NOT TONIGHT, DEAR. I HAVE A HEADACHE
What a lovely wedding portrait! Unfortunately, the beauty of the day and the joy of the wedding was marred that evening by a curse that plagued William all his adult life. After five years of courtship, the poor man came down with a migraine on the evening of his marriage.
SOON AFTER THE WEDDING – MORTAL ILLNESS, LAND SALE TO OTTO AND THEN A FUNERAL – JOACHIM LUEDER
Williams’s father was mortally ill with cancer. He seemed quite well at the November 5 wedding, but the cancer had seriously weakened him. His decline was rapid and his wife, Albertina, thought that it was a result of exposure at the wedding. He died December 15. Albertina, (who was described as a very difficult person) implied that William and Augusta were to blame for Joachim’s death. Not good. They looked at each other after Joachim’s death and said “Now what do we do?” They lived on the home farm with Albertina, which must have been emotionally very tough to deal with.
William’s siblings had left home: Albert and Otto had their own farms, and Martha had married Willie Mueller.
Sick as he was, he ensured that his son, Otto, had a portion of his land to farm. The document below is the deed that Joachim and Albertina signed on November 29, 1899, two weeks before he died, selling a piece of their holdings to Otto for $6,000. The sale was witnessed by daughter, Martha.
Source – Steve Lueders
MEMORIAL CARD – DECEMBER 15, 1899
In the absence of telephones, and given that the Postal Service was quite good, it was custom to send out a memorial card to friends and relatives to notify them of a death in the family.
Note that the memorial card is in English. Joachim had long before anglicized his name. Perhaps the avoidance of German on the card was to honor his philosophy of adapting to the new country. German services continued in his church for decades after he died, and his children spoke German and English.
The obituary for Joachim:
Source – Steve Lueders
Joachim had a most extraordinary life filled with both grief and achievement. He left his homeland at age 25 with a young wife, with his parents, Johann and Eva Dorothea, and with his brother and his brother’s wife. He and his wife had three children. His wife died, and their three children died. He remarried and his first child with his second wife died. He persisted and became a very successful farmer, a pillar of the community, and a leader in his church. To have such a positive influence on the community, considering what he had endured, he must have been a remarkable man.
Wedding photos are shown below for Joachim and Albertina’s other children, Otto, Albert, and Martha: Click on an image to enlarge it.
JOHN NIEMAN, JR. – YOUNG LOVE, WEDDING, AND CATASTROPHE.
Brothers Charles and John Nieman as children
THE WEDDING OF JOHN NIEMAN AND ANNIE THESFELDT – NOVEMBER 22, 1891
Click on images below to enlarge.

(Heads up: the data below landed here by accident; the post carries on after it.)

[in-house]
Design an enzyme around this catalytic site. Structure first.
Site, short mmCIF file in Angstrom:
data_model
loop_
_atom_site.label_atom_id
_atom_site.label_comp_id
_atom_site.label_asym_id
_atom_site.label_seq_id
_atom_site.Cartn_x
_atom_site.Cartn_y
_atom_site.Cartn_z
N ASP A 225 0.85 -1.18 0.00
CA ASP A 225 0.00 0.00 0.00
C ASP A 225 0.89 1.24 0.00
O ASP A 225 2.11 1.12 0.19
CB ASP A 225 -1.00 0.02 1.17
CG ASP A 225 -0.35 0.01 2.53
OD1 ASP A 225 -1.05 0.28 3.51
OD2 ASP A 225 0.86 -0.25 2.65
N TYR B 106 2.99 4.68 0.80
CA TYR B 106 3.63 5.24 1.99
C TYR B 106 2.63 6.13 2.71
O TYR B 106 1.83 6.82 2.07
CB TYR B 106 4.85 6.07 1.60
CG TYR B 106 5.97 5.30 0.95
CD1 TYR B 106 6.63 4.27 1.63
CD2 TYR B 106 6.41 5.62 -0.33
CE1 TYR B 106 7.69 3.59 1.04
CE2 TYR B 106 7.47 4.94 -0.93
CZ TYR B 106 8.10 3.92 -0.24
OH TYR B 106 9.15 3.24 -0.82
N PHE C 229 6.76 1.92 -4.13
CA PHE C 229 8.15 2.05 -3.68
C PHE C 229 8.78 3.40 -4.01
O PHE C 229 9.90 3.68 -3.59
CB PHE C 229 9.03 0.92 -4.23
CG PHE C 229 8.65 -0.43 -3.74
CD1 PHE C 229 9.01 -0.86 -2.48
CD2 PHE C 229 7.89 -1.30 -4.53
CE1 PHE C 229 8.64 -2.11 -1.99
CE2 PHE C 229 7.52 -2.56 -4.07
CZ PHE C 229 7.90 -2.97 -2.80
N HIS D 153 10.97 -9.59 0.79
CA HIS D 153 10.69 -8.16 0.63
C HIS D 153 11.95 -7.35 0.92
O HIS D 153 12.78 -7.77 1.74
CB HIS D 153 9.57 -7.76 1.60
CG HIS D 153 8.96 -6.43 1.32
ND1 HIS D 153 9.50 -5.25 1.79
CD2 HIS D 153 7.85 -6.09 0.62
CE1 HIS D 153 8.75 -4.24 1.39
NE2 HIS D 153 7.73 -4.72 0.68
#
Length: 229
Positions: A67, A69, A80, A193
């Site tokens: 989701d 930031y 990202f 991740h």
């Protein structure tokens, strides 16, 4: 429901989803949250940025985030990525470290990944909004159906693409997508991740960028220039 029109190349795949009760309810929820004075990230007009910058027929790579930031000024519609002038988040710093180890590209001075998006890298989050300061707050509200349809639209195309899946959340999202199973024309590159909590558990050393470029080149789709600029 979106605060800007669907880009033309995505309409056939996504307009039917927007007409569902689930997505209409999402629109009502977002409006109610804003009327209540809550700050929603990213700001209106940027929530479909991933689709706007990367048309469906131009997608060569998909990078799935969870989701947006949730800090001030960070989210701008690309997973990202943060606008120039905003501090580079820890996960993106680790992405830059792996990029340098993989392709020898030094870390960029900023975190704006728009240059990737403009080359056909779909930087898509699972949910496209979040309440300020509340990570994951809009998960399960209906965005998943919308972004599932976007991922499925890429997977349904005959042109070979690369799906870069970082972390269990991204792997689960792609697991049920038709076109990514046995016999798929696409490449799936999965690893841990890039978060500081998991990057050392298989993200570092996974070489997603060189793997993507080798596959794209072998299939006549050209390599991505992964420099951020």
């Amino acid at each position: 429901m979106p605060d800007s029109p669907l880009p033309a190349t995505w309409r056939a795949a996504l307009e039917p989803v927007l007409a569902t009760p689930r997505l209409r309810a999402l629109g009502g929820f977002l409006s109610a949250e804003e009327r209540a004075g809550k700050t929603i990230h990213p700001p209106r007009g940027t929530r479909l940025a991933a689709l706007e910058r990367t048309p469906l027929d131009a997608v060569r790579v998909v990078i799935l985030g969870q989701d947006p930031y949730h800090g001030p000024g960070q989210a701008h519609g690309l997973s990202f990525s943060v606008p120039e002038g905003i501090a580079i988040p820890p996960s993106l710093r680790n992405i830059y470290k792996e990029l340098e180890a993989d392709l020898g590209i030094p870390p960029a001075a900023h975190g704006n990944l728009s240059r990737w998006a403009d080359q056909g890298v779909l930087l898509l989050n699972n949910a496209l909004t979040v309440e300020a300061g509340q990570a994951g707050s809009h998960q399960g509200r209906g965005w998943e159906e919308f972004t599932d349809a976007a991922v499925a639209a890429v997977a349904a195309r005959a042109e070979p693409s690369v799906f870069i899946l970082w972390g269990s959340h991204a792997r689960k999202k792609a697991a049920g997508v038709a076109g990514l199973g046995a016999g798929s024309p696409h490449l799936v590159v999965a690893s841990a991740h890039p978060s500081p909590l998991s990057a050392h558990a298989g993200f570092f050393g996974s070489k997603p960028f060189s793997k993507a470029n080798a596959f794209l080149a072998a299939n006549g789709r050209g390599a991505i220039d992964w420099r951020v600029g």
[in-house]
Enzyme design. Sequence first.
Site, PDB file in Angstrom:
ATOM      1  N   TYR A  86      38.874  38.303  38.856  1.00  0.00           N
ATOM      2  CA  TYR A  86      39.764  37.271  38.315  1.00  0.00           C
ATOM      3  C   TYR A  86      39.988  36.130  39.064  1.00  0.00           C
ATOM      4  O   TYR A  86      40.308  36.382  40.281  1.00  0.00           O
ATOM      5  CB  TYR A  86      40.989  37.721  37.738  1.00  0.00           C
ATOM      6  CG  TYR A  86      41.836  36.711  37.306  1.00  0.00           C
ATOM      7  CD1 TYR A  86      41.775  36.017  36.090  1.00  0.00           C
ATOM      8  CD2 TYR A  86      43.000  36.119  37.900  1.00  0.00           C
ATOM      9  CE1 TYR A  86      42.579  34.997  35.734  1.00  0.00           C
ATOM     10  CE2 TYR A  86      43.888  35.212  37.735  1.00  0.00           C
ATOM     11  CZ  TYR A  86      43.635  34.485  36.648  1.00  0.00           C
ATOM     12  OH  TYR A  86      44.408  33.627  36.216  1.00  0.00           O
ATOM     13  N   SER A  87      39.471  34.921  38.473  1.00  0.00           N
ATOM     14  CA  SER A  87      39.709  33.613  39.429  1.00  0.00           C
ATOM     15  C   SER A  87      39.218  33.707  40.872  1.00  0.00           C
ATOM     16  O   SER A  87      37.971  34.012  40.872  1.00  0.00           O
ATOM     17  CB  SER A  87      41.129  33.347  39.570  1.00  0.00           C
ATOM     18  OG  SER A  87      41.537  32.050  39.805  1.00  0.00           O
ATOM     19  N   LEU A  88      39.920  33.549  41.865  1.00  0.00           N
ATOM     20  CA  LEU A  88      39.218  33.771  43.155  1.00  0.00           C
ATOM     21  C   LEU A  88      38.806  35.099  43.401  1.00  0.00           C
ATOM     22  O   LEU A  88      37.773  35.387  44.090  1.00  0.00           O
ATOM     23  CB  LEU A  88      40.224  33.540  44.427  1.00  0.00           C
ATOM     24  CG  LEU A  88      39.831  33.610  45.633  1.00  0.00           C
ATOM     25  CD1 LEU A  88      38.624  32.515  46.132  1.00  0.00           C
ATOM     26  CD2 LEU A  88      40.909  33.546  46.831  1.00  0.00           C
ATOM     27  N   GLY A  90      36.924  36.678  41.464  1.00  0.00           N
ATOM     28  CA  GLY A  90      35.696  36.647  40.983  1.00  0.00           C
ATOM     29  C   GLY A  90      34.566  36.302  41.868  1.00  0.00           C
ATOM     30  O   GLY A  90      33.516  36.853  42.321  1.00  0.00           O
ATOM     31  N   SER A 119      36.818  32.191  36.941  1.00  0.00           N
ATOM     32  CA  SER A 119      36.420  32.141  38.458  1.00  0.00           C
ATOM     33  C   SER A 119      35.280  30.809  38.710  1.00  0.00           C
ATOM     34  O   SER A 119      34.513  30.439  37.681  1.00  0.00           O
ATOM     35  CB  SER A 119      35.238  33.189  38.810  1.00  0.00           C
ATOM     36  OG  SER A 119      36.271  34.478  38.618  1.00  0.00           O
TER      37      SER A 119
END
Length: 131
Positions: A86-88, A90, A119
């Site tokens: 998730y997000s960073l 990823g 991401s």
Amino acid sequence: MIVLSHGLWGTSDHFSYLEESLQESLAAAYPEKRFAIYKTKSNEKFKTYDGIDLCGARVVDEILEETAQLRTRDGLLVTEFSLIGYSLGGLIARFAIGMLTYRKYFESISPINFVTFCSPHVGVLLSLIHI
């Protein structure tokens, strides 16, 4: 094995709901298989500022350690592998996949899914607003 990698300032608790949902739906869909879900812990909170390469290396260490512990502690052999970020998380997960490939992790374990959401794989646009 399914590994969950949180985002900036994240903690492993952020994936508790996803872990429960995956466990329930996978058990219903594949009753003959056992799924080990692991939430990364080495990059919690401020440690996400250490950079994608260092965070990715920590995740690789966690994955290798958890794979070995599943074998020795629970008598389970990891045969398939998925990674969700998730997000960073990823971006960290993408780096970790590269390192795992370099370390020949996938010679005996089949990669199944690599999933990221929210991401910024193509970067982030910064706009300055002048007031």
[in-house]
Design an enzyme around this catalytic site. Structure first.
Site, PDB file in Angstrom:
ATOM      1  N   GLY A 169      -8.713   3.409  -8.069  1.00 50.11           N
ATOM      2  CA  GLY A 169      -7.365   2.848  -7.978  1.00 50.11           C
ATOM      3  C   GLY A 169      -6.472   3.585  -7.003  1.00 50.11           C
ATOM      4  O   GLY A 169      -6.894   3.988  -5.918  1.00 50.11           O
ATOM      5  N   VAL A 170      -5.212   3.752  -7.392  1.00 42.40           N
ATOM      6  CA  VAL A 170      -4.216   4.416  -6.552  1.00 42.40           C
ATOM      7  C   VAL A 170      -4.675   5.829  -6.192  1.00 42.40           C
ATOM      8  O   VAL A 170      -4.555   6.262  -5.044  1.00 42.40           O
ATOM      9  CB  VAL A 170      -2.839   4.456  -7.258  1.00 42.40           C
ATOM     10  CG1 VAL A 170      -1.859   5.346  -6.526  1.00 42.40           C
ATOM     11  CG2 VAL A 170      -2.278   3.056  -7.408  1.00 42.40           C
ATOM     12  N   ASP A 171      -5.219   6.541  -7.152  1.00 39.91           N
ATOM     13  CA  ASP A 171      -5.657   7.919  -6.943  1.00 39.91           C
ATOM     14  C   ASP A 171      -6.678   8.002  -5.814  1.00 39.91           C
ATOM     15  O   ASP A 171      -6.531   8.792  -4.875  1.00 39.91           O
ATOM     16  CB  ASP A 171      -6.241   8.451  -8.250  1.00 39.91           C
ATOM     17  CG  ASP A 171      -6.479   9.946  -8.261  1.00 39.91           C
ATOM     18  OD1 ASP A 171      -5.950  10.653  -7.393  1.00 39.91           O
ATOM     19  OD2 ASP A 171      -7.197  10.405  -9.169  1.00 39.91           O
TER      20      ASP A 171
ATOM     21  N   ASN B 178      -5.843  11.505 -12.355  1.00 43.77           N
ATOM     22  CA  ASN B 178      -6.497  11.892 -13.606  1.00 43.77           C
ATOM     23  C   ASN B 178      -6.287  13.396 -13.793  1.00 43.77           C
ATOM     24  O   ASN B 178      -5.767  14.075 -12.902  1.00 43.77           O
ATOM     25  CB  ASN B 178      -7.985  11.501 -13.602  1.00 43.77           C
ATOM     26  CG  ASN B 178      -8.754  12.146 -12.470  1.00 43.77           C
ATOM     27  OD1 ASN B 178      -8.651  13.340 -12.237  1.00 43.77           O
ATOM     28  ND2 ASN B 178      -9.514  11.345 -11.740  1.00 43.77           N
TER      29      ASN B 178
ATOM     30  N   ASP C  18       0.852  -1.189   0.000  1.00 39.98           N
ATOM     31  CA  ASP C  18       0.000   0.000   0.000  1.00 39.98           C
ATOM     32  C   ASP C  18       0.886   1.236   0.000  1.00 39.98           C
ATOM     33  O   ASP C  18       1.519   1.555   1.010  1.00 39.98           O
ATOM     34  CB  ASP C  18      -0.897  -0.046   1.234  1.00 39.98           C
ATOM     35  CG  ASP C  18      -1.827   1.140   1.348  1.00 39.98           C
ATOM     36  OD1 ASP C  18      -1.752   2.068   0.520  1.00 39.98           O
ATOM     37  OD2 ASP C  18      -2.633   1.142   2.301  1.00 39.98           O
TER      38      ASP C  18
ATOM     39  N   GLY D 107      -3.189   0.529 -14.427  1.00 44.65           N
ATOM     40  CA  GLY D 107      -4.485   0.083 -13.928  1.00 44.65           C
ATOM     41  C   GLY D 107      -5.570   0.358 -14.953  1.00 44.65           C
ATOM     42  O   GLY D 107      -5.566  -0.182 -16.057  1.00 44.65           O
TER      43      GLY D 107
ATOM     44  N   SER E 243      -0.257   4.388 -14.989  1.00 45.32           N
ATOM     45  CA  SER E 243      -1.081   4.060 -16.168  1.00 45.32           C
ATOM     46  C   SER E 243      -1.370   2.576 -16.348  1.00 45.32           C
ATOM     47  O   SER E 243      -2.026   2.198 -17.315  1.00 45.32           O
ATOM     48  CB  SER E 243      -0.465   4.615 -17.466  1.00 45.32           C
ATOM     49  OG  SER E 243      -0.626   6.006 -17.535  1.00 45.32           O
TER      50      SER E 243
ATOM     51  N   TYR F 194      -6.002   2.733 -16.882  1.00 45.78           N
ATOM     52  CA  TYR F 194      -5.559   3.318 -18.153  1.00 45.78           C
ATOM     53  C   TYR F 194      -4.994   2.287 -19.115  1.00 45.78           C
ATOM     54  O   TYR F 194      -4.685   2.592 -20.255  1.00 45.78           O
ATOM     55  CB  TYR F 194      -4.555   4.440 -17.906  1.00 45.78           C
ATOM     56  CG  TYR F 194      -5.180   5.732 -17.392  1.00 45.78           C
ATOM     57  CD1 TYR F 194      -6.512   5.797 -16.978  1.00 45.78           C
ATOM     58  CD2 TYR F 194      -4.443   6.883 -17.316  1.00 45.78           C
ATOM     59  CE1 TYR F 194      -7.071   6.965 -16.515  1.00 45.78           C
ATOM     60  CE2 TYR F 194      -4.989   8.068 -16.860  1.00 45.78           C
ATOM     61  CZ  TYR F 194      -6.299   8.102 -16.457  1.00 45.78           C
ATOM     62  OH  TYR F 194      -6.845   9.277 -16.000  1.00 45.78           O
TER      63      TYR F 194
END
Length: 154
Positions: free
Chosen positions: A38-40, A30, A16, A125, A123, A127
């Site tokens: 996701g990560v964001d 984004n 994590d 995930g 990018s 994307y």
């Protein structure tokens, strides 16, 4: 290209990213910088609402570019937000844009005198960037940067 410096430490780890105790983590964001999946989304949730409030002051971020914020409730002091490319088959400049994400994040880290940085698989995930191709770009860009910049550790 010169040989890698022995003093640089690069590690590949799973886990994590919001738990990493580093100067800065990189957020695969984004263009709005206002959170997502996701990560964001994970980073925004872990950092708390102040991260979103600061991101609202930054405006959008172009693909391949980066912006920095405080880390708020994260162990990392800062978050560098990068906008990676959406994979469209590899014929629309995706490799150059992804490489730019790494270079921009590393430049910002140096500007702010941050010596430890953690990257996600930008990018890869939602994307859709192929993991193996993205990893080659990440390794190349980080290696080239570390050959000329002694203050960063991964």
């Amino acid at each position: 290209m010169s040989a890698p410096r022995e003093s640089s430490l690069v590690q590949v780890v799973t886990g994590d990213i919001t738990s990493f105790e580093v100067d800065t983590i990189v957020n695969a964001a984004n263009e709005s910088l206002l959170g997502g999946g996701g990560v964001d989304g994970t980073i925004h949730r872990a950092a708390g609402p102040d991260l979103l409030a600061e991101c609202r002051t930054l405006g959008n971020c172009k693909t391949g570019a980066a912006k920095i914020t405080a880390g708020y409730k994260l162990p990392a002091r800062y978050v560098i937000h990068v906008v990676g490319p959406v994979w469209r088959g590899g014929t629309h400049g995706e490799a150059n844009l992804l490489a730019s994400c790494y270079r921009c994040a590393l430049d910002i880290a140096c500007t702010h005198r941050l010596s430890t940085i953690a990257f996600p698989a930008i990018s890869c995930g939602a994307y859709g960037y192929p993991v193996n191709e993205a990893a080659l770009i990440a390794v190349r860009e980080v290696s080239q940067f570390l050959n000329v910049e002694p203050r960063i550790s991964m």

Sweethearts – John Nieman, Jr., and Annie Thesfeldt
Attendants, L-R: ?, Otto Lueders, Martha Thesfeldt, Charles Nieman, Augusta Nieman, and Charles Thierman.
John and Annie were very much in love and were married on November 22, 1891 when Annie was 21 and John was 23. Catastrophe struck soon after. Annie became ill and died on Friday, January 15, 1892, only eight weeks after the marriage. Her young sister-in-law, Augusta Nieman, took care of her and also became ill, but survived. It is thought that Annie was a victim of typhoid or perhaps scarlet fever.
JOHN HEADS TO THE NORTH WOODS, LUMBER COUNTRY
Had Annie lived, what would his life have been like? One suspects that a very young, happily married family man would have been likely to take a more prosaic course in life than John ultimately did. John started out life as a schoolteacher. He became a tycoon. He headed up to the lumber camps (in 1894, sometime before February), perhaps to bury his anguish in work. John and a partner named Buch were successful in establishing lumbering operations and a company store in Hermansville, Michigan. They were very successful. More on that next week.
John at a lumber camp with his sister-in-law, Minnie Mintzlaff Nieman (Charlie’s wife) next to him.
JOHN MARRIES HIS SISTER-IN-LAW, MARTHA THESFELDT – THEIR MINISTER REFUSES TO PERFORM THE CEREMONY
Martha Thesfeldt, Annie’s younger sister, had always been sweet on John.
On June 7, 1897, John married Martha. Their minister refused to conduct the wedding, holding that it was immoral for John to marry his deceased wife’s sister. What was the theological rationale behind that? Who married them? We have no answer for that.
John in this photo is a very different young man from the youth depicted in the previous photos. He was a very young widower, spent years in the North-wood’s, was involved in a lumber camp (tough, hard-boiled men) and ran a company store. John had made a lot of money and was at the beginning of an extraordinarily successful business career.
John and Martha lived in Cedarburg. In the old postcard above (around 1910) their home is on the immediate left in the foreground. By the time they reached middle age, John had accumulated a substantial fortune; he was in fact a tycoon in the region.
Martha was modestly eccentric. She had been a farm girl and loved it. She insisted on keeping chickens in back of the house in Cedarburg and carrying eggs to the store to sell. For a time, she even kept a cow, but that was a bit too much for John and the cow wound up at the William and Augusta Lueder farm, was named Nieman, and was assigned to niece Cordelia to milk.